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Author Topic: Japan's FSA Declaration about Cryptocurrency Regulations  (Read 59 times)
Sandus_Cryptolover
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August 22, 2018, 10:02:41 PM
Merited by BitcoinNewbie15 (1)
 #1

Japan's FSA (Finanical Services Agency) states that they have no intention to "excessively" regulate Cryptocurrency
- “We have no intention to curb (the crypto industry) excessively,” he told the publication. “We would like to see it grow under appropriate regulation", said Toshihide Endo.
Japan has a very welcoming stance regarding cryptocurrency and was one of the first countries to make Bitcoin legal tender.

https://bitcoinist.com/japan-fsa-no-excessively-regulate-cryptocurrency/

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August 22, 2018, 10:06:13 PM
 #2

Japan's FSA (Finanical Services Agency) states that they have no intention to "excessively" regulate Cryptocurrency
- “We have no intention to curb (the crypto industry) excessively,” he told the publication. “We would like to see it grow under appropriate regulation", said Toshihide Endo.
Japan has a very welcoming stance regarding cryptocurrency and was one of the first countries to make Bitcoin legal tender.

https://bitcoinist.com/japan-fsa-no-excessively-regulate-cryptocurrency/

That is a pretty good decision. Kudos to them!

Thanks for sharing.

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August 22, 2018, 10:40:35 PM
 #3

Japan remains a friendly environment for cryptocurrencies, but growing AML concerns are drawing the FSA’s attention to further regulatory steps. Following talks between exchanges and the FSA, an agreement to form a self-regulatory body – the Japanese Virtual Currency Exchange Association (JVCEA) –  was put in place. The JVCEA will provide advice to as-yet unlicensed exchanges and promote regulatory compliance. Cryptocurrency exchange regulations in Japan are similarly progressive. Exchanges are legal in Japan, but after a series of high profile hacks, including the notorious Coincheck heist of $530 million in digital currency, crypto regulations have become an urgent national concern. Japan’s Financial Services Agency (FSA) has stepped up efforts to regulate trading and exchanges: amendments to the Payment Services Act now require cryptocurrency exchanges to be registered with the FSA in order to operate – a process which can take up to six months, and which imposes stricter requirements around both cybersecurity and AML/CFT.



 




 
BitcoinNewbie15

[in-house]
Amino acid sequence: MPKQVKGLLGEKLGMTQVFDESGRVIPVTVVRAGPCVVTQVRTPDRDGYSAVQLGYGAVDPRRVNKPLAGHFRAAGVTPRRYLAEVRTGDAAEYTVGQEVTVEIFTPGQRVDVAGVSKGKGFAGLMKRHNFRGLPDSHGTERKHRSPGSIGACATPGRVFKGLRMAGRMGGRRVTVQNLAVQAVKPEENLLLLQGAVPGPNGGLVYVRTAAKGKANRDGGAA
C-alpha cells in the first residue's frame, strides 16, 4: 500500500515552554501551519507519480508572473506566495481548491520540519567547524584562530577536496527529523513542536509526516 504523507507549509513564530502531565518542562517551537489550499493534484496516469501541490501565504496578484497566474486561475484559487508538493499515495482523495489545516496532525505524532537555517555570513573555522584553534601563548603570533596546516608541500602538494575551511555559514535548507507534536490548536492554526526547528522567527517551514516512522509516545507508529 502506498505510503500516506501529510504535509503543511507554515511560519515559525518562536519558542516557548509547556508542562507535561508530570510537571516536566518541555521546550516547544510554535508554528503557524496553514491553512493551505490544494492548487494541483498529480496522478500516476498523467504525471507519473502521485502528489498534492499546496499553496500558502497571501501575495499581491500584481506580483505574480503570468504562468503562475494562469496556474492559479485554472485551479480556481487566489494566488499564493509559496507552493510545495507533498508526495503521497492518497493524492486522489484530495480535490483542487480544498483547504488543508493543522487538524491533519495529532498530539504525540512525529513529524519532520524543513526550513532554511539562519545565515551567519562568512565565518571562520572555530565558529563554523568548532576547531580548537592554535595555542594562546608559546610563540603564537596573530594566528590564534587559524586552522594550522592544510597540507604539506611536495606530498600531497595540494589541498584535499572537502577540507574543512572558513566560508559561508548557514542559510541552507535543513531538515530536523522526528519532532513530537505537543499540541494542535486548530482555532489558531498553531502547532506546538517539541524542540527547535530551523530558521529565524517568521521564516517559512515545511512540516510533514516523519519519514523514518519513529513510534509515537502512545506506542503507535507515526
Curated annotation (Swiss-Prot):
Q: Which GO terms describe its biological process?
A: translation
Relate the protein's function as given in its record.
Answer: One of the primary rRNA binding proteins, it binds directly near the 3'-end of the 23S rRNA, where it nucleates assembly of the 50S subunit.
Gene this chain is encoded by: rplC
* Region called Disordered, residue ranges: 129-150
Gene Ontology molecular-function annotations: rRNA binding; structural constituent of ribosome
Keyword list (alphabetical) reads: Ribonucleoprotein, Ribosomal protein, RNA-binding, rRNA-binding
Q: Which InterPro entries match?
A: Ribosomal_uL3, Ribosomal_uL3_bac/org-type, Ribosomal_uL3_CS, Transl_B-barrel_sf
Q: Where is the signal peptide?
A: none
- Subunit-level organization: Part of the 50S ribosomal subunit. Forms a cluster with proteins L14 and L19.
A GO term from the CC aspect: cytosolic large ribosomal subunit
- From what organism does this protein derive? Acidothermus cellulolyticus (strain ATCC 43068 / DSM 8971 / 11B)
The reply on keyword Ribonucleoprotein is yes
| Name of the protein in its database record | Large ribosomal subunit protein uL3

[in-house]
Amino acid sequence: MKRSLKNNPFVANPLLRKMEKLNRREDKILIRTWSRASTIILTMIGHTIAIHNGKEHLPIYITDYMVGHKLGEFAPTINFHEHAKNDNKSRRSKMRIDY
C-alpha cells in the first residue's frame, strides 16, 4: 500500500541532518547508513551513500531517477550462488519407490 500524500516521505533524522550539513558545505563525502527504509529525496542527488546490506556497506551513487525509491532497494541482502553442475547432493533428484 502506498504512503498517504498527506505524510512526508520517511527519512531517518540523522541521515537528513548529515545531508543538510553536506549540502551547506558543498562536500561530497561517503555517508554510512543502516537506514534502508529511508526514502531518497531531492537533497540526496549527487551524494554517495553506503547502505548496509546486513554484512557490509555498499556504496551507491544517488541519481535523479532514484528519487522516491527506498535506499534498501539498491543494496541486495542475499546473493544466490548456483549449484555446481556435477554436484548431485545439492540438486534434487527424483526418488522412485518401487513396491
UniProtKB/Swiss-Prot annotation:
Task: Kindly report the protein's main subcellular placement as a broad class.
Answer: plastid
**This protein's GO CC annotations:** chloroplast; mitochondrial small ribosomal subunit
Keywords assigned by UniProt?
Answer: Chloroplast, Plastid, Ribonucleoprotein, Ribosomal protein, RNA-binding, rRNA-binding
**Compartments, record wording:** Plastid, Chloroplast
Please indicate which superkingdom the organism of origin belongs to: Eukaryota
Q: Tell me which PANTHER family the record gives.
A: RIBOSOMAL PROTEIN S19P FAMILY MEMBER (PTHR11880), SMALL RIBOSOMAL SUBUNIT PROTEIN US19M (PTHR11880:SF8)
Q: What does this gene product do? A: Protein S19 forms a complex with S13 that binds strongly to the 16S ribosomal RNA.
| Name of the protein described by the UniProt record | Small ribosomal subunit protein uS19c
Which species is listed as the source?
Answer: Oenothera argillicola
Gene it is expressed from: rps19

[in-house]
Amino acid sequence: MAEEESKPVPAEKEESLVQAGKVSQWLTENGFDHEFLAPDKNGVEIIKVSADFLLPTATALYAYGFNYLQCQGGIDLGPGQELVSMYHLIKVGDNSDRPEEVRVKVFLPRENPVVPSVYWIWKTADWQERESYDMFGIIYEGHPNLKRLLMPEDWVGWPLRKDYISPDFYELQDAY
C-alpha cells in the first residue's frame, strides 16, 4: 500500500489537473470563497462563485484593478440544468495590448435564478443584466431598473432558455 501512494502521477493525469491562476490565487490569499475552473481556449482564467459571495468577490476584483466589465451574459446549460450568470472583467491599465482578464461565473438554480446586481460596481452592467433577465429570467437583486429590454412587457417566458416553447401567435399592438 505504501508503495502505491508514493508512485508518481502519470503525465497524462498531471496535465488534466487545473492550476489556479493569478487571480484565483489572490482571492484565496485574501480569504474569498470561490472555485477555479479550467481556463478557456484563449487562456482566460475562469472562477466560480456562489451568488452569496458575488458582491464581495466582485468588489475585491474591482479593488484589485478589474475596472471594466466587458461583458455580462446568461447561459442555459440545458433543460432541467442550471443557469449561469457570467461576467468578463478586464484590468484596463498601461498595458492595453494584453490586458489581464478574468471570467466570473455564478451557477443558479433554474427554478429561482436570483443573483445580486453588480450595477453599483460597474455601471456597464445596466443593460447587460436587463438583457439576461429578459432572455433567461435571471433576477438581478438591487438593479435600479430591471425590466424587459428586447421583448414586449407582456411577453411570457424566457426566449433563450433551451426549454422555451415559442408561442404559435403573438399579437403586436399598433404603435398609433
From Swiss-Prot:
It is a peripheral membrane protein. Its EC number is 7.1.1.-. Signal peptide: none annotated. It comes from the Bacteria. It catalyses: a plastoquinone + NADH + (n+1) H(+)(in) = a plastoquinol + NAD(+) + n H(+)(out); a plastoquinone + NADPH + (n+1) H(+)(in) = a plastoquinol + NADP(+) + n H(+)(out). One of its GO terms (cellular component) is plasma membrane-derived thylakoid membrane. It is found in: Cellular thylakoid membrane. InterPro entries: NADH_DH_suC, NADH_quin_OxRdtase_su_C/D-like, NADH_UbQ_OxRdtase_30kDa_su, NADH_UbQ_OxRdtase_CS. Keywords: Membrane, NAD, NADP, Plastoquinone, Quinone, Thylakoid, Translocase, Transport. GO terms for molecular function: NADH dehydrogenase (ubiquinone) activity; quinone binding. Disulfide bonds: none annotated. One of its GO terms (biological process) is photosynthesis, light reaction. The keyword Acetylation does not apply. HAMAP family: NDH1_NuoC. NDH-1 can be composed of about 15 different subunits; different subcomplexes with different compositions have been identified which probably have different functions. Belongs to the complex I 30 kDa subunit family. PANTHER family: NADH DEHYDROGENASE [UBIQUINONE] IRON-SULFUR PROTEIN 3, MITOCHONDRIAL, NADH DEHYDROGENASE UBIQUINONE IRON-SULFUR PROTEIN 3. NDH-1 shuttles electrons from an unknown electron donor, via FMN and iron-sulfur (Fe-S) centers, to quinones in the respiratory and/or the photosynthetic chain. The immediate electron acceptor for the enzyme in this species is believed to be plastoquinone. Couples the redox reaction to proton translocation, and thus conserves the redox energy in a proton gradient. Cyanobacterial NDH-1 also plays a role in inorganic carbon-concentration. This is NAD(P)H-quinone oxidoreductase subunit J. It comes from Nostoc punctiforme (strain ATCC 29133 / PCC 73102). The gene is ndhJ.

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August 23, 2018, 03:17:37 AM
 #4

Japan's FSA (Finanical Services Agency) states that they have no intention to "excessively" regulate Cryptocurrency
- “We have no intention to curb (the crypto industry) excessively,” he told the publication. “We would like to see it grow under appropriate regulation", said Toshihide Endo.
Japan has a very welcoming stance regarding cryptocurrency and was one of the first countries to make Bitcoin legal tender.

https://bitcoinist.com/japan-fsa-no-excessively-regulate-cryptocurrency/

Wow, this is great news, I have not heard about this yet!  With this, and the fact that you can use Bitcoin now to pay bills in Australia, we are moving in the right direction! This sets a great precedent, and I hope to see other countries following suit really soon. Hope to see more countries labeling Bitcoin as legal tender as well.

This paints a really bullish future. Adoption is on the rise, hodl on boys.


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billy4u
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August 23, 2018, 08:43:05 AM
 #5

Great news for all crypto enthusiasts. Kudos to Japanese for their efforts. It adds to the positive news for the future of cryptocurrencies.
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August 23, 2018, 09:01:29 AM
 #6

We covered Japan Bitcoin Exchanges earlier because Kraken had left Japan and Bitbank and bitFlyer left the JVCEA over regulator "warnings."

Japanese will move towards anonymous exchanges because Japanese banks are struggling to survive and arguing about who is to blame.

They might tell the media they embrace crypto but exchanges wouldn't have left the country if they felt welcome in the country. It doesn't affect bitcoin really, just different ways of people buying it in the country if the regulation continues to be strict.

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jseverson
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August 23, 2018, 09:17:20 AM
 #7

This is the right way to go in my opinion. Regulate cryptocurrency businesses, but as much as possible, leave the users alone. This way, they're basically treating it like fiat in a sense where most of their users just want to go on with their lives and that they're usually the victims of abuse by businesses.

They might tell the media they embrace crypto but exchanges wouldn't have left the country if they felt welcome in the country.

Funny you should mention Kraken feeling unwelcome when they themselves actually think Japanese regulations are a step in the right direction:

While Japan’s VC Act isn’t perfect, it is a good example of what (relatively) reasonable regulation can do for a country.  Huge, traditional financial services are rushing in to crypto.  For them, certainty is everything and now they have it.  Japan’s crypto market is sure to be highly competitive, which is a great thing for consumers.  I have to give the FSA in Japan a tremendous amount of credit for getting it together.  They are a fine regulator to work with.  Hopefully, Kraken will find an opportunity to re-enter the market in the near future.

They also go into some detail as to why they left Japan in the article, and it's definitely not because they felt unwelcome.

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August 23, 2018, 10:35:34 AM
 #8

To be honest I am anticipating Japan to be the first country which can make the Bitcoin something we go and in the same level as a current payment methods, that would be just awesome for us.